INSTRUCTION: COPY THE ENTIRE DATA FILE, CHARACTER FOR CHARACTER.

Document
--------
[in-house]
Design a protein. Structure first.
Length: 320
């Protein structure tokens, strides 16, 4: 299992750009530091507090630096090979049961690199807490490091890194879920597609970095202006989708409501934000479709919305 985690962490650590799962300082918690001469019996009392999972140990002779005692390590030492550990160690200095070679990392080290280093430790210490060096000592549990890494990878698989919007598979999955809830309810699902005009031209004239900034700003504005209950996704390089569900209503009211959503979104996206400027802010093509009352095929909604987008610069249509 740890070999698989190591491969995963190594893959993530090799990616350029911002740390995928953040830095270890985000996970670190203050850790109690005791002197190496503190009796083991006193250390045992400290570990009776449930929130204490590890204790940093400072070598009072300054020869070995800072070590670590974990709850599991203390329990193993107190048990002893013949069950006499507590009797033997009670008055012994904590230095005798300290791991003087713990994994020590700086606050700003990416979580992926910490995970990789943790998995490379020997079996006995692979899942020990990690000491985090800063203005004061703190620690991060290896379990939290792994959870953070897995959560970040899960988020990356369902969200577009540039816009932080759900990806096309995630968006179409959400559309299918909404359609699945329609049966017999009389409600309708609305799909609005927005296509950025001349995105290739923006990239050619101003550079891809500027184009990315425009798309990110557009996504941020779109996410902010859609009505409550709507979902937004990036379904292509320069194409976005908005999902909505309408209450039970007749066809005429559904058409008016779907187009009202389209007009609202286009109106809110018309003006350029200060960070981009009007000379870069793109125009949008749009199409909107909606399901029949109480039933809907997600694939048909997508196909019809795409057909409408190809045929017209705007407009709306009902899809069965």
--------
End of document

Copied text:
[in-house]
Design a protein. Structure first.
Length: 320
């Protein structure tokens, strides 16, 4: 299992750009530091507090630096090979049961690199807490490091890194879920597609970095202006989708409501934000479709919305 985690962490650590799962300082918690001469019996009392999972140990002779005692390590030492550990160690200095070679990392080290280093430790210490060096000592549990890494990878698989919007598979999955809830309810699902005009031209004239900034700003504005209950996704390089569900209503009211959503979104996206400027802010093509009352095929909604987008610069249509 740890070999698989190591491969995963190594893959993530090799990616350029911002740390995928953040830095270890985000996970670190203050850790109690005791002197190496503190009796083991006193250390045992400290570990009776449930929130204490590890204790940093400072070598009072300054020869070995800072070590670590974990709850599991203390329990193993107190048990002893013949069950006499507590009797033997009670008055012994904590230095005798300290791991003087713990994994020590700086606050700003990416979580992926910490995970990789943790998995490379020997079996006995692979899942020990990690000491985090800063203005004061703190620690991060290896379990939290792994959870953070897995959560970040899960988020990356369902969200577009540039816009932080759900990806096309995630968006179409959400559309299918909404359609699945329609049966017999009389409600309708609305799909609005927005296509950025001349995105290739923006990239050619101003550079891809500027184009990315425009798309990110557009996504941020779109996410902010859609009505409550709507979902937004990036379904292509320069194409976005908005999902909505309408209450039970007749066809005429559904058409008016779907187009009202389209007009609202286009109106809110018309003006350029200060960070981009009007000379870069793109125009949008749009199409909107909606399901029949109480039933809907997600694939048909997508196909019809795409057909409408190809045929017209705007407009709306009902899809069965």